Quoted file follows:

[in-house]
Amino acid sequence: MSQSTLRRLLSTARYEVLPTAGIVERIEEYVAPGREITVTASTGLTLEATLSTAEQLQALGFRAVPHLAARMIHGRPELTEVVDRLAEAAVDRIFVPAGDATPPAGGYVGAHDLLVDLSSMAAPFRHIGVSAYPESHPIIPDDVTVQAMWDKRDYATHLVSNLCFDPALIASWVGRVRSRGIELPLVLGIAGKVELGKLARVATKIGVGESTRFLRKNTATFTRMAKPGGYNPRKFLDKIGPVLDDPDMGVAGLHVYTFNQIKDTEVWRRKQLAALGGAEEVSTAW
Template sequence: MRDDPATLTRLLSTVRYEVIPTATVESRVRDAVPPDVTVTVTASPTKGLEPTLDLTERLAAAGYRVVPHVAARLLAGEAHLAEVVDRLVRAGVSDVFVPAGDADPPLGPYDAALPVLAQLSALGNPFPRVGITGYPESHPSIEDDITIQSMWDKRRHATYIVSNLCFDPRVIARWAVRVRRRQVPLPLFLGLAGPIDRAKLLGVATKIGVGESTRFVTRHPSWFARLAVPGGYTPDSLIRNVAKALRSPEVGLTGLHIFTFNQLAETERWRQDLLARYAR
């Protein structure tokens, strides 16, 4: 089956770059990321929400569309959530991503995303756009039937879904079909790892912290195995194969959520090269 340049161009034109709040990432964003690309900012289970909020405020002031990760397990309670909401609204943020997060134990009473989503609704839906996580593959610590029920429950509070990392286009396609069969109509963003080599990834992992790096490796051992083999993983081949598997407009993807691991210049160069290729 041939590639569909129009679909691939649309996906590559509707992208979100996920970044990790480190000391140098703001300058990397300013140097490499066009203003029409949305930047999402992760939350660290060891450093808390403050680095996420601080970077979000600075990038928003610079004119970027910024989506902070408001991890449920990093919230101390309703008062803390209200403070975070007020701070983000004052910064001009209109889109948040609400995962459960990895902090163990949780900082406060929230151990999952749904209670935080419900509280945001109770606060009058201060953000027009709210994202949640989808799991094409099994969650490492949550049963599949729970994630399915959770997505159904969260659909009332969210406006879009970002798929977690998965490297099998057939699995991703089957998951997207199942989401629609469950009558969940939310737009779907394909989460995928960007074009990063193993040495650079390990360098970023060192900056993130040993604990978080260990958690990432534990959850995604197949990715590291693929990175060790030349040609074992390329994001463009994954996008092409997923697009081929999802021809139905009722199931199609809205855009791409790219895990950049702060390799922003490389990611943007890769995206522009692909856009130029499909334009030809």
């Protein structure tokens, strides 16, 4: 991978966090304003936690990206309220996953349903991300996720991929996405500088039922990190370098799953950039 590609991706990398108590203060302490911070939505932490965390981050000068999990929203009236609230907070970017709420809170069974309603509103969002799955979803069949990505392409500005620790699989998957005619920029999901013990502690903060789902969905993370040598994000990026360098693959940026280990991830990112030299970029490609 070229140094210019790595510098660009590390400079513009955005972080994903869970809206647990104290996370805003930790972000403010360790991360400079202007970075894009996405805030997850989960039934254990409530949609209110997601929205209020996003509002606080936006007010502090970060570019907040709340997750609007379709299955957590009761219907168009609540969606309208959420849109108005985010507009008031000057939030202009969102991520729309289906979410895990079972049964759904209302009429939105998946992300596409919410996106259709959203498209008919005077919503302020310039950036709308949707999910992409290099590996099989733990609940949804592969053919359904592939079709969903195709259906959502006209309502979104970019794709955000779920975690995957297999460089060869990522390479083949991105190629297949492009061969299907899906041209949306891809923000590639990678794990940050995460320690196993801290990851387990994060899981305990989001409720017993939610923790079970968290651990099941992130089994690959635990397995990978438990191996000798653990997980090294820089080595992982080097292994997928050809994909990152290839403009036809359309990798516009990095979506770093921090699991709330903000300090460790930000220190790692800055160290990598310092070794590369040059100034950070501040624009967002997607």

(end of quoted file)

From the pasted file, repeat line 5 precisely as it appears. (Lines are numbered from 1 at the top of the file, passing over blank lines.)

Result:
């Protein structure tokens, strides 16, 4: 991978966090304003936690990206309220996953349903991300996720991929996405500088039922990190370098799953950039 590609991706990398108590203060302490911070939505932490965390981050000068999990929203009236609230907070970017709420809170069974309603509103969002799955979803069949990505392409500005620790699989998957005619920029999901013990502690903060789902969905993370040598994000990026360098693959940026280990991830990112030299970029490609 070229140094210019790595510098660009590390400079513009955005972080994903869970809206647990104290996370805003930790972000403010360790991360400079202007970075894009996405805030997850989960039934254990409530949609209110997601929205209020996003509002606080936006007010502090970060570019907040709340997750609007379709299955957590009761219907168009609540969606309208959420849109108005985010507009008031000057939030202009969102991520729309289906979410895990079972049964759904209302009429939105998946992300596409919410996106259709959203498209008919005077919503302020310039950036709308949707999910992409290099590996099989733990609940949804592969053919359904592939079709969903195709259906959502006209309502979104970019794709955000779920975690995957297999460089060869990522390479083949991105190629297949492009061969299907899906041209949306891809923000590639990678794990940050995460320690196993801290990851387990994060899981305990989001409720017993939610923790079970968290651990099941992130089994690959635990397995990978438990191996000798653990997980090294820089080595992982080097292994997928050809994909990152290839403009036809359309990798516009990095979506770093921090699991709330903000300090460790930000220190790692800055160290990598310092070794590369040059100034950070501040624009967002997607």